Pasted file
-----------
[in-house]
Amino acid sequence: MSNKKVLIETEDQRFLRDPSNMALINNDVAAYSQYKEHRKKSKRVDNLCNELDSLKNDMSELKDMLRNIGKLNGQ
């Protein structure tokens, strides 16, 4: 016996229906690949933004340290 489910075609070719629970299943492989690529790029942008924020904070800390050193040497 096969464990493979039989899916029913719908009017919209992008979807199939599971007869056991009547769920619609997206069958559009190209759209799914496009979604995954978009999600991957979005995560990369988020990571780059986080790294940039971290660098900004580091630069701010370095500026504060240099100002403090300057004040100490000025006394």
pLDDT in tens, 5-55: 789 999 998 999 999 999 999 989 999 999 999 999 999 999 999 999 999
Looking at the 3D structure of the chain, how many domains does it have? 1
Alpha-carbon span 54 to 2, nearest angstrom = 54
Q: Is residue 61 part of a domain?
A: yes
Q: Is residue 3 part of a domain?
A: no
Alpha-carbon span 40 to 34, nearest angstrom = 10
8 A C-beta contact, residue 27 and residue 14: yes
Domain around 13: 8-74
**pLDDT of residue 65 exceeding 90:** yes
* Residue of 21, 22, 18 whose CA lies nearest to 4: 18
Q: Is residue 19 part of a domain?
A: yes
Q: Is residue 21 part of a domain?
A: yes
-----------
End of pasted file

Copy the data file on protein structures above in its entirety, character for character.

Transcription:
[in-house]
Amino acid sequence: MSNKKVLIETEDQRFLRDPSNMALINNDVAAYSQYKEHRKKSKRVDNLCNELDSLKNDMSELKDMLRNIGKLNGQ
């Protein structure tokens, strides 16, 4: 016996229906690949933004340290 489910075609070719629970299943492989690529790029942008924020904070800390050193040497 096969464990493979039989899916029913719908009017919209992008979807199939599971007869056991009547769920619609997206069958559009190209759209799914496009979604995954978009999600991957979005995560990369988020990571780059986080790294940039971290660098900004580091630069701010370095500026504060240099100002403090300057004040100490000025006394």
pLDDT in tens, 5-55: 789 999 998 999 999 999 999 989 999 999 999 999 999 999 999 999 999
Looking at the 3D structure of the chain, how many domains does it have? 1
Alpha-carbon span 54 to 2, nearest angstrom = 54
Q: Is residue 61 part of a domain?
A: yes
Q: Is residue 3 part of a domain?
A: no
Alpha-carbon span 40 to 34, nearest angstrom = 10
8 A C-beta contact, residue 27 and residue 14: yes
Domain around 13: 8-74
**pLDDT of residue 65 exceeding 90:** yes
* Residue of 21, 22, 18 whose CA lies nearest to 4: 18
Q: Is residue 19 part of a domain?
A: yes
Q: Is residue 21 part of a domain?
A: yes